mardi 23 septembre 2008

FEATURE-Indian art offers high appreciation in volatile climate

Source NEW DELHI, Sept 23 (Reuters) - Indian art might be just the solution for investors seeking a safe haven at a turbulent time.
Take a vivid landscape by avant-garde artist Francis Newton Souza hanging on a wall in Indian art dealer Ashish Abnand's New Delhi gallery. With a price tag of $400,000, the painting might not seem like a bargain but Abnand says it will probably be worth $2 million within the next two years.
Art dealers and experts say the Indian art market is still undervalued and there is money to be made in local art for those with the means to pay the six figure prices that works by some of India's leading artists fetch at auctions.
"I think Indian art is a one-way bet in the long term. That's why I will allocate money to it," said Philip Hoffman who runs the Fine Art Fund based in London.
"If you look 50 years down the line, what you pay now is peanuts compared to what you will have to pay for the great Indian artists," he told Reuters at an Indian art summit in New Delhi in August.
The prices of Indian art have gone up considerably but not at the levels of Chinese art, which has seen prices soar due to enormous interest at home and abroad. Dealers believe Indian works have plenty of room to appreciate, especially as South Asian art begins to draw a Western audience.
"The growth potential is huge," said Hugo Weihe, Christie's international director of Asian Art.
"The Indian art market is particularly strong within India and that's different from the Chinese contemporary. You have that component plus we are now reaching out to an international component every season."
Often depicting vivid and colourful scenes of Indian life and culture, Indian art has long been popular among wealthy Indians, whose ranks are growing rapidly in a booming economy. Yet until recently Western collectors had not taken much interest in classical and contemporary Indian artists.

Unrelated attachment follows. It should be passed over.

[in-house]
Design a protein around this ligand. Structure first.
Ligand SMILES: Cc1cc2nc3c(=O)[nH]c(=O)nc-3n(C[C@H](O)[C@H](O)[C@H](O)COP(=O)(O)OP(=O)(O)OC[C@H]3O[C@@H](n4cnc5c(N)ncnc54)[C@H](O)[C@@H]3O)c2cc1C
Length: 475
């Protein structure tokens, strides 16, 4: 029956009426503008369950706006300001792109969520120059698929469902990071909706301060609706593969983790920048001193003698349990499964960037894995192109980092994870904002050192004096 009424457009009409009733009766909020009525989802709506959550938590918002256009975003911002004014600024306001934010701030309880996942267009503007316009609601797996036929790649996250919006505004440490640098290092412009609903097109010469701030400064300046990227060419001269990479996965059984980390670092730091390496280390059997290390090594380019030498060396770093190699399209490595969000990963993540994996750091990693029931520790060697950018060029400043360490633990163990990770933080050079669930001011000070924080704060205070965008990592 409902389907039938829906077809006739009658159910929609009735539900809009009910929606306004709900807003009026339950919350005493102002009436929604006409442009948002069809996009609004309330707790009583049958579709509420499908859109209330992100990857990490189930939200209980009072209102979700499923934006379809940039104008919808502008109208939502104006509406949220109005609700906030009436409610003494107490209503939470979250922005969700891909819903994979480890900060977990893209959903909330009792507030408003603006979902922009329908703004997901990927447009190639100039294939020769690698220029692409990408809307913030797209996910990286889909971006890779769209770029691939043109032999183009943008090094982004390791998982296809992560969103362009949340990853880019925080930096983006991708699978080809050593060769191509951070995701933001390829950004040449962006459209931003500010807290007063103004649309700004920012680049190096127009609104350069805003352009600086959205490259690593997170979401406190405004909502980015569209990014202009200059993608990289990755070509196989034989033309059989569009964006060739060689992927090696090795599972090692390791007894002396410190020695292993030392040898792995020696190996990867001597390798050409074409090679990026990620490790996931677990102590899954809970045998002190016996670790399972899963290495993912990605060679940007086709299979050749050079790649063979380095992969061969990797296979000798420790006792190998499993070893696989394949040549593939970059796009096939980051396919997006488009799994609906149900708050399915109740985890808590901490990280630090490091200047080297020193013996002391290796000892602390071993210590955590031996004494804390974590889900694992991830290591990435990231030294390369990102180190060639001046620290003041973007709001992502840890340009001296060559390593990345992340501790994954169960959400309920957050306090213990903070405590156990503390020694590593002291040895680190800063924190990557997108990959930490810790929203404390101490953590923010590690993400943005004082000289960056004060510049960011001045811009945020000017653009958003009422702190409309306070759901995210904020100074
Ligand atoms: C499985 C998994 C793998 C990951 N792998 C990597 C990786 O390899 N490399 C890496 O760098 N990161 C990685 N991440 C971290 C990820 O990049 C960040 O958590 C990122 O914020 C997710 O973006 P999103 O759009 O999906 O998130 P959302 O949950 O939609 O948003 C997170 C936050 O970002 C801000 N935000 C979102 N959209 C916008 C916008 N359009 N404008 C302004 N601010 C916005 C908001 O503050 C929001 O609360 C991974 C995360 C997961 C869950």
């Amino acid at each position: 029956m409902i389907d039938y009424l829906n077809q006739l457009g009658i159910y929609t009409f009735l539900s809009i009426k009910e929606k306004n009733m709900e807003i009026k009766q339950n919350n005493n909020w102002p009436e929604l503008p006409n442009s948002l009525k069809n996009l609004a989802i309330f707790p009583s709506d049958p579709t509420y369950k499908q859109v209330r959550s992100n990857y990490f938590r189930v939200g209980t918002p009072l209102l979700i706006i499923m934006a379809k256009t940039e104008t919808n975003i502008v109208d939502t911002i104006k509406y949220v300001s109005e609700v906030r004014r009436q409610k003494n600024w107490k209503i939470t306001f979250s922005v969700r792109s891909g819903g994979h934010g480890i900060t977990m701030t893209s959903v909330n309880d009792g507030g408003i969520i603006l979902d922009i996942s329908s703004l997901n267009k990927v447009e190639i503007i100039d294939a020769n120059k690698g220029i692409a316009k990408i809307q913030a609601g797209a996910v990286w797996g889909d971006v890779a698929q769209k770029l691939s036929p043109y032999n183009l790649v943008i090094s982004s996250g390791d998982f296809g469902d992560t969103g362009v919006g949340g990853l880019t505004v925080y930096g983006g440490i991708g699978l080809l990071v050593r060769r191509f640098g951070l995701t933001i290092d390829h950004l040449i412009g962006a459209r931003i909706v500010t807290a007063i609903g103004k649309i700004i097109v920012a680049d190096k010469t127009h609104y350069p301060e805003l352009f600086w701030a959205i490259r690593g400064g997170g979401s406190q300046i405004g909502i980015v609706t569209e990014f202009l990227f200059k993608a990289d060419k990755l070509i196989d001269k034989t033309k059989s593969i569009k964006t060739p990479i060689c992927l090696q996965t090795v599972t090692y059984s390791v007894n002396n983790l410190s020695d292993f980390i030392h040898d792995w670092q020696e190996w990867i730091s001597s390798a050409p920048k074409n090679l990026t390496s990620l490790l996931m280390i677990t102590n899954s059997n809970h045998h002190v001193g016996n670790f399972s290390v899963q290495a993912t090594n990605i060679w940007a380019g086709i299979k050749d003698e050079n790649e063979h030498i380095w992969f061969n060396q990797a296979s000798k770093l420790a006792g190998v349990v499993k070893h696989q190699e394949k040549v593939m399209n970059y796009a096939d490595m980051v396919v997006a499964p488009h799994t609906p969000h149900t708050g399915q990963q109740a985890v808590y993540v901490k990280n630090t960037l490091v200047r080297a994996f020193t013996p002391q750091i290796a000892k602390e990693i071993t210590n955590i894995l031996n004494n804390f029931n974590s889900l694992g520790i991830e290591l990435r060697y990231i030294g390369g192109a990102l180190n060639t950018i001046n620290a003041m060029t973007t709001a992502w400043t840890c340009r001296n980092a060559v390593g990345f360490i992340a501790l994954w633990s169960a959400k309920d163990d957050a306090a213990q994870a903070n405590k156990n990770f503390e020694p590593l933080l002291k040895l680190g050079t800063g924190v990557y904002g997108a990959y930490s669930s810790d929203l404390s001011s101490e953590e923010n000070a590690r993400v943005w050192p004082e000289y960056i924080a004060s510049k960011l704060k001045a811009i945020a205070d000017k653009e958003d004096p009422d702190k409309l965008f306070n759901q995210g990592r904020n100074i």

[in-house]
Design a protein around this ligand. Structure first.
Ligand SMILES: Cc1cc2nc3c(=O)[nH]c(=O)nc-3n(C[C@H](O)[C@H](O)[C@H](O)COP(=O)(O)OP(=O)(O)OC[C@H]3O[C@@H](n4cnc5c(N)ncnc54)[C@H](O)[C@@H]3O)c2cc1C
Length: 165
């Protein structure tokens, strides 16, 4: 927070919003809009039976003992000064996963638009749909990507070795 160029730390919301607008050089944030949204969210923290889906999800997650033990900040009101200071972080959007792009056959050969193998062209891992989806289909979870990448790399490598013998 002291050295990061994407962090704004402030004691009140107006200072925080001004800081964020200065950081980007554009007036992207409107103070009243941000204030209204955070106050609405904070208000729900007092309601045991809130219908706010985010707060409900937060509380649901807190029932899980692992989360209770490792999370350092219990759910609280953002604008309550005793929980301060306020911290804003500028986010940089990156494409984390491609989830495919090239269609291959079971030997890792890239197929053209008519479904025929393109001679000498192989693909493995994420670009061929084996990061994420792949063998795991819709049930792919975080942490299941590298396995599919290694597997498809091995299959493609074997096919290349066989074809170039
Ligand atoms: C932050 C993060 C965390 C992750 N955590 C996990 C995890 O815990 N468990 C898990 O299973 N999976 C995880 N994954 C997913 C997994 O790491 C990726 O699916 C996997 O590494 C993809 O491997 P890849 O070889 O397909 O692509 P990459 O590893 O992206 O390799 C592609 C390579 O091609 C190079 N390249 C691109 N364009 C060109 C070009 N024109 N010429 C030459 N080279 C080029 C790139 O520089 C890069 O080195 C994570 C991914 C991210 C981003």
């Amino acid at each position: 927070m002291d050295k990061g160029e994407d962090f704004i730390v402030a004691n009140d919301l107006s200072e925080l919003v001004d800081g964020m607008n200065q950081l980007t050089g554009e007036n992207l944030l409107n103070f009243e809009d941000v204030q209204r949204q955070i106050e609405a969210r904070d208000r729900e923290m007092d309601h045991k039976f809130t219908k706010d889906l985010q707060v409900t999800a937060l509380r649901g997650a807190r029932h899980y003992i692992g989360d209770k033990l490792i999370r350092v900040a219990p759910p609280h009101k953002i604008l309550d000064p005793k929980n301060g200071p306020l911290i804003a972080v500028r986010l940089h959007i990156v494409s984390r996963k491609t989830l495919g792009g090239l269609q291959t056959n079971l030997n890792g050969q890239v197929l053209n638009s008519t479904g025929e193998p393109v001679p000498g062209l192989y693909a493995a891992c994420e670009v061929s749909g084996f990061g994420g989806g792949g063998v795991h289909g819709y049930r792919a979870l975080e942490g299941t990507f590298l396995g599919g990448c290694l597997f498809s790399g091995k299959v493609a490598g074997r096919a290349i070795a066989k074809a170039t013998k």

That is starting to change. Weihe predicts that sales of Indian art at Christie's auctions might reach $30 million this year, compared with $680,000 in 2000.

Asia's art scene has blossomed in the past five years driven by the continent's rapid economic growth. Valuations have skyrocketed as Asian art has become an investment for speculators and a symbol of affluence for a growing pool of local collectors.
The record for a contemporary Indian art work was set in June when Francis Newton Souza's piece 'Birth' was sold for $1.3 million pounds ($2.3 million).
The figure was, nevertheless, significantly lower than the $9.7 million record price for Chinese artist Zeng Fanzhi's piece 'Mask Series 1996 No. 6' sold at an auction in Hong Kong in May.
Works by famous Indian artists such as Maqbool Fida Husain and Syed Haider Raza currently go under the hammer for anywhere from $200,000 to $1 million.
Yet industry players expect prices to shoot up to between $5 million to $10 million in the next few years.
Neville Tuli, a manager of a $400 million art fund in India, believes that Indian art will appreciate by between 18 to 25 percent per year in a climate in which art is increasingly seen as a secure investment.
"Financial institutions and their HNIs (high net worth individuals) are recognising the inherent stability in the art object as a capital asset," said Neville Tuli, a manager of a $400 million art fund in India.
"Hence given its low correlation to economic circumstances and other related factors, the proportion of art within the alternative asset allocation is increasing significantly," he added.

But as with all investments, there are risks. The Indian market is vastly different from the Western art markets because in India, art is viewed more as a financial investment rather than a collectors item, art fund managers said.
"It has gone up 200 times in five years," said Hoffman, of the London-based Fine Art Fund, adding that the Indian market consisted of 70 percent speculators and 30 percent collectors.